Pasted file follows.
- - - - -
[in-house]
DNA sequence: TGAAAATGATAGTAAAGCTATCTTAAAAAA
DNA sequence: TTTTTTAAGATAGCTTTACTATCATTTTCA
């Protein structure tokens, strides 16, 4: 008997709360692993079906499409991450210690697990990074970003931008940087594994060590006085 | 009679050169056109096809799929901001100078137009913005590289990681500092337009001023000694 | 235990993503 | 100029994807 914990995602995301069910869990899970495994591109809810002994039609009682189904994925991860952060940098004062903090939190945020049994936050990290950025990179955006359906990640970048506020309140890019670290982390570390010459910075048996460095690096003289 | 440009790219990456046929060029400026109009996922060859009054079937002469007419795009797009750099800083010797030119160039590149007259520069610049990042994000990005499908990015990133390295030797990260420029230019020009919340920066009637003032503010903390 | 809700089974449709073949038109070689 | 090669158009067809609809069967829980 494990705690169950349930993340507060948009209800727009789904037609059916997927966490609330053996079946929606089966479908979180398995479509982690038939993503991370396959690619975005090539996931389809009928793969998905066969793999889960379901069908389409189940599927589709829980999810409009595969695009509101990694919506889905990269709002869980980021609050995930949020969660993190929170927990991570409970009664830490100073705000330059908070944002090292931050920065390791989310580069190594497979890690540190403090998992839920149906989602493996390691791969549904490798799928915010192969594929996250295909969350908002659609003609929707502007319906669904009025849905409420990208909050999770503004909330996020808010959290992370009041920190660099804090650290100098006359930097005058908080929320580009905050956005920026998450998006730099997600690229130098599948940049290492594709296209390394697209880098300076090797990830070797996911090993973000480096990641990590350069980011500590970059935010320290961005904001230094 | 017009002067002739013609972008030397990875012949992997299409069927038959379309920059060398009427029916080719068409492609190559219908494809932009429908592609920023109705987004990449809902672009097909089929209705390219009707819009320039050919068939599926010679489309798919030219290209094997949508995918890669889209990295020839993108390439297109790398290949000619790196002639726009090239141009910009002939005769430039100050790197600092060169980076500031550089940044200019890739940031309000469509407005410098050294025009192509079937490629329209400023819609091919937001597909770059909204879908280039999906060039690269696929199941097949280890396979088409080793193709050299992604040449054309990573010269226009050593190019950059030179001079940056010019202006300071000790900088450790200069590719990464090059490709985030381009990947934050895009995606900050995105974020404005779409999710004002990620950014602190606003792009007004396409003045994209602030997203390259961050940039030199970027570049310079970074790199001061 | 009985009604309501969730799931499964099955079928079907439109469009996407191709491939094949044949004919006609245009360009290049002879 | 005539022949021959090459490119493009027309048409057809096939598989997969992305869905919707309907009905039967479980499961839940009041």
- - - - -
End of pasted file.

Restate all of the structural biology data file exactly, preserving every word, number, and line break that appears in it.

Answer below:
[in-house]
DNA sequence: TGAAAATGATAGTAAAGCTATCTTAAAAAA
DNA sequence: TTTTTTAAGATAGCTTTACTATCATTTTCA
């Protein structure tokens, strides 16, 4: 008997709360692993079906499409991450210690697990990074970003931008940087594994060590006085 | 009679050169056109096809799929901001100078137009913005590289990681500092337009001023000694 | 235990993503 | 100029994807 914990995602995301069910869990899970495994591109809810002994039609009682189904994925991860952060940098004062903090939190945020049994936050990290950025990179955006359906990640970048506020309140890019670290982390570390010459910075048996460095690096003289 | 440009790219990456046929060029400026109009996922060859009054079937002469007419795009797009750099800083010797030119160039590149007259520069610049990042994000990005499908990015990133390295030797990260420029230019020009919340920066009637003032503010903390 | 809700089974449709073949038109070689 | 090669158009067809609809069967829980 494990705690169950349930993340507060948009209800727009789904037609059916997927966490609330053996079946929606089966479908979180398995479509982690038939993503991370396959690619975005090539996931389809009928793969998905066969793999889960379901069908389409189940599927589709829980999810409009595969695009509101990694919506889905990269709002869980980021609050995930949020969660993190929170927990991570409970009664830490100073705000330059908070944002090292931050920065390791989310580069190594497979890690540190403090998992839920149906989602493996390691791969549904490798799928915010192969594929996250295909969350908002659609003609929707502007319906669904009025849905409420990208909050999770503004909330996020808010959290992370009041920190660099804090650290100098006359930097005058908080929320580009905050956005920026998450998006730099997600690229130098599948940049290492594709296209390394697209880098300076090797990830070797996911090993973000480096990641990590350069980011500590970059935010320290961005904001230094 | 017009002067002739013609972008030397990875012949992997299409069927038959379309920059060398009427029916080719068409492609190559219908494809932009429908592609920023109705987004990449809902672009097909089929209705390219009707819009320039050919068939599926010679489309798919030219290209094997949508995918890669889209990295020839993108390439297109790398290949000619790196002639726009090239141009910009002939005769430039100050790197600092060169980076500031550089940044200019890739940031309000469509407005410098050294025009192509079937490629329209400023819609091919937001597909770059909204879908280039999906060039690269696929199941097949280890396979088409080793193709050299992604040449054309990573010269226009050593190019950059030179001079940056010019202006300071000790900088450790200069590719990464090059490709985030381009990947934050895009995606900050995105974020404005779409999710004002990620950014602190606003792009007004396409003045994209602030997203390259961050940039030199970027570049310079970074790199001061 | 009985009604309501969730799931499964099955079928079907439109469009996407191709491939094949044949004919006609245009360009290049002879 | 005539022949021959090459490119493009027309048409057809096939598989997969992305869905919707309907009905039967479980499961839940009041």